The graphics of Ghost of Tsushima are when the game truly shines. I feel myself saying with each new release that this is the ‘most beautiful game I have ever played’ but Ghost of Tsushima truly raises the bar. The environments are absolutely stunning wherever you are on the map. There are areas of forest where every tree is brilliant yellow, and another of deep red or brilliant white. There are fields full of flowers and meadows of long grass which Jin will lean down and run his hand through as you ride among them. The south of the island is full of lush green hills and forests whereas the north is a snowy wilderness full of burned trees and villages thanks to the Mongolian invasion. Each of these landscapes is truly beautiful and when the time of day changes, the same area looks completely different yet still glorious due to some of the best lighting effects I have ever seen. I have never felt so compelled to open photo mode and take some screenshots as I have with this game, the environments are truly wonderful. The sound is equally as impressive both in terms of effects and music. The music fits the scene perfectly and is used to great effect, especially when it changes from silence to a dramatic score when you are spotted in an enemy camp. The sound effects really help to give weight to the actions on screen; horses really sound like they are charging through the map and swords sound as though they make an impact when a shot hits its mark.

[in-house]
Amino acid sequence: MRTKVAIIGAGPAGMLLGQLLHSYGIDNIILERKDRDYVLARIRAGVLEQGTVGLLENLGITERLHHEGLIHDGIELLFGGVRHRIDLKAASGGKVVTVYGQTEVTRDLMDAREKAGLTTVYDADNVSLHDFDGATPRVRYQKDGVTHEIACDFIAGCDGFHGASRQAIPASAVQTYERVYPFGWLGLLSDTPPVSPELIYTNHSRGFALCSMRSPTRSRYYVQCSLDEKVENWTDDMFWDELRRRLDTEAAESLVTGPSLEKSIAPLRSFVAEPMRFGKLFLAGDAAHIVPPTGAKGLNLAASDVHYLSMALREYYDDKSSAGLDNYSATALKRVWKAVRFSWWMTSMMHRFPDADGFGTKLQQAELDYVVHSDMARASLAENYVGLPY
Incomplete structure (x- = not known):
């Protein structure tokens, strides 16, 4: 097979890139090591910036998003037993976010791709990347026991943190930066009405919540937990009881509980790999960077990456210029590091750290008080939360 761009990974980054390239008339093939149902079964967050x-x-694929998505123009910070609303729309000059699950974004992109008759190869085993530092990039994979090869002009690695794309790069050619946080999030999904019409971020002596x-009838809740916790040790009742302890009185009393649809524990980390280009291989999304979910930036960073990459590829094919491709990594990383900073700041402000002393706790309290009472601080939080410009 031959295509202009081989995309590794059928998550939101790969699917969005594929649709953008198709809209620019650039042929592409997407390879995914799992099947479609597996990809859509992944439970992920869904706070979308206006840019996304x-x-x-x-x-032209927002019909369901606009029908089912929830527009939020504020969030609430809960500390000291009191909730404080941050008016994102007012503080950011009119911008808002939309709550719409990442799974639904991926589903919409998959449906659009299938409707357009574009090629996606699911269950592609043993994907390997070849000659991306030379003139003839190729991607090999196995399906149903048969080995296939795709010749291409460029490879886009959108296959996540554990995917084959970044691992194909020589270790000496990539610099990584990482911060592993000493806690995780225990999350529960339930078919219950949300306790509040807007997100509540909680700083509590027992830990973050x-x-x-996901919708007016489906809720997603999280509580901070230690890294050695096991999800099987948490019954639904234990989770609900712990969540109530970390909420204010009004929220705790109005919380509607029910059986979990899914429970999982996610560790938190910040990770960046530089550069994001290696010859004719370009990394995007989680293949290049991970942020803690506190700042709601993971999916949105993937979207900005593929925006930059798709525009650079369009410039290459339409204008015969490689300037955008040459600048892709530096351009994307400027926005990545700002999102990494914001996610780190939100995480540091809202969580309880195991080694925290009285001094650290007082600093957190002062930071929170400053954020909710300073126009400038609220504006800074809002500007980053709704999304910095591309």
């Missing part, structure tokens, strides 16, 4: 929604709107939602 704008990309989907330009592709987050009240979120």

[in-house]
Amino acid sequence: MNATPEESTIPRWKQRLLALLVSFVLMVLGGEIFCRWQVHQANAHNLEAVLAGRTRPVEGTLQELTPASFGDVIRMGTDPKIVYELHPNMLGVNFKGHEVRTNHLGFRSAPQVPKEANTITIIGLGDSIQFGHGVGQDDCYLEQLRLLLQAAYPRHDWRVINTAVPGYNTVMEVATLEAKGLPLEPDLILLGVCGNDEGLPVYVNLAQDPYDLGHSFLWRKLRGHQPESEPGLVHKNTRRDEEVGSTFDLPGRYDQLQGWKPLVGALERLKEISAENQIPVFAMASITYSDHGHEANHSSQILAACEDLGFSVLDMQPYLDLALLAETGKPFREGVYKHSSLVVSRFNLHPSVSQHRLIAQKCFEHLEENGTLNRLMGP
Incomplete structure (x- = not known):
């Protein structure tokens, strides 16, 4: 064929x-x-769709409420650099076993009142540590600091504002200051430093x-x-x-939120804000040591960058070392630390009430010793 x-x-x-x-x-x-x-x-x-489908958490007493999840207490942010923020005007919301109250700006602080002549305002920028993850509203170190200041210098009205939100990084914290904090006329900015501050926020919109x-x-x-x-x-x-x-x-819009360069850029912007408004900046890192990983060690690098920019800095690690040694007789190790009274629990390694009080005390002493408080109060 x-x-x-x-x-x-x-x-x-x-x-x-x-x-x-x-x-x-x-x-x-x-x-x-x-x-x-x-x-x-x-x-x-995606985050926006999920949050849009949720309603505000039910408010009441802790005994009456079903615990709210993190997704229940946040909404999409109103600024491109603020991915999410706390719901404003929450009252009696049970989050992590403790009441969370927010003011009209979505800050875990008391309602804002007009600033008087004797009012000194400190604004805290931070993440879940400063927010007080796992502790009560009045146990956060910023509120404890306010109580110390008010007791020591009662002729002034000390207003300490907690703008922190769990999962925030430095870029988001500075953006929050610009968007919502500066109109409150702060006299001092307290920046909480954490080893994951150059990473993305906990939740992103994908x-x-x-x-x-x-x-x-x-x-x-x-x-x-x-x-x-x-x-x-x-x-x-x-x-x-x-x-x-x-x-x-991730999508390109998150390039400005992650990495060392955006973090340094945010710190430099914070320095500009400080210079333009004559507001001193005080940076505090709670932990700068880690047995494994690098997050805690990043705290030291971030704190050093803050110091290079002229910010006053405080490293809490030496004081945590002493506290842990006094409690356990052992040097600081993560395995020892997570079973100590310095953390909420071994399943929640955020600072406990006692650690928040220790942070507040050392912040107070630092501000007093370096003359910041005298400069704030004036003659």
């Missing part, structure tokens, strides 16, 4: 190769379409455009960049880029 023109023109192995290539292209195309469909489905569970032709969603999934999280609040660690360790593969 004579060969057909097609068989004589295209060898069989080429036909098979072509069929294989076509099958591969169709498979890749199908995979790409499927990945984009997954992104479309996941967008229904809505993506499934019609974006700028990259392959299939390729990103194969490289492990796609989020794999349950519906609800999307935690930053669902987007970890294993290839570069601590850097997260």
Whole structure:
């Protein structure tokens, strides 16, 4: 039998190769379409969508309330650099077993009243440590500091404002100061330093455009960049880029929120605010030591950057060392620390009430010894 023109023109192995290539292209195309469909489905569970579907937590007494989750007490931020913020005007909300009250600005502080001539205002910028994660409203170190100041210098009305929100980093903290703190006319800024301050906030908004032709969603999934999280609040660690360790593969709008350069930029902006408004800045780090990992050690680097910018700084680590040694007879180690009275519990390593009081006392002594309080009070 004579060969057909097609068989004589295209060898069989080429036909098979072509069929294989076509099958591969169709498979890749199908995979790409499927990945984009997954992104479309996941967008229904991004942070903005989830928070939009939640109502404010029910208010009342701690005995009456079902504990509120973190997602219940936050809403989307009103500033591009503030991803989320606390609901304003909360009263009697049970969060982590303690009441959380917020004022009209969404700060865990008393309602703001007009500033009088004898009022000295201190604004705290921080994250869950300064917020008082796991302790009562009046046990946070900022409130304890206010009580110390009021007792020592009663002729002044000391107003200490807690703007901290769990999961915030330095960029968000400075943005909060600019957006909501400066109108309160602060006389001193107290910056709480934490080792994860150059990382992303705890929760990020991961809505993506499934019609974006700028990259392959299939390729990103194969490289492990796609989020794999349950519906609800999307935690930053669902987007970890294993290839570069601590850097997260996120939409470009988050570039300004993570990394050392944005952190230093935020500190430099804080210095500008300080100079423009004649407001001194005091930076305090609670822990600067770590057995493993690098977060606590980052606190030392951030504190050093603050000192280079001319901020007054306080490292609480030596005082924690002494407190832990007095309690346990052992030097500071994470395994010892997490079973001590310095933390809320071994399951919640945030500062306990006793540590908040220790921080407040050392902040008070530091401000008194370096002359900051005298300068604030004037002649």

Overall, Ghost of Tsushima is a beautiful game with a well-rounded cast of characters and fun, fluid combat. The area in which the game stumbles is with the variety of things there are to do. On paper, it seems as though there are a lot of different tasks that break up the combat, such as composing haikus, duelling mini-bosses, or climbing to reach Inari shrines. In reality, however, once these tasks have been completed a few times, it can feel like a checklist that needs completing in order to gain a new skill. Personally, I love a collectible and fully enjoyed scouring the glorious map for every pickup and task, but this will not appeal to everyone.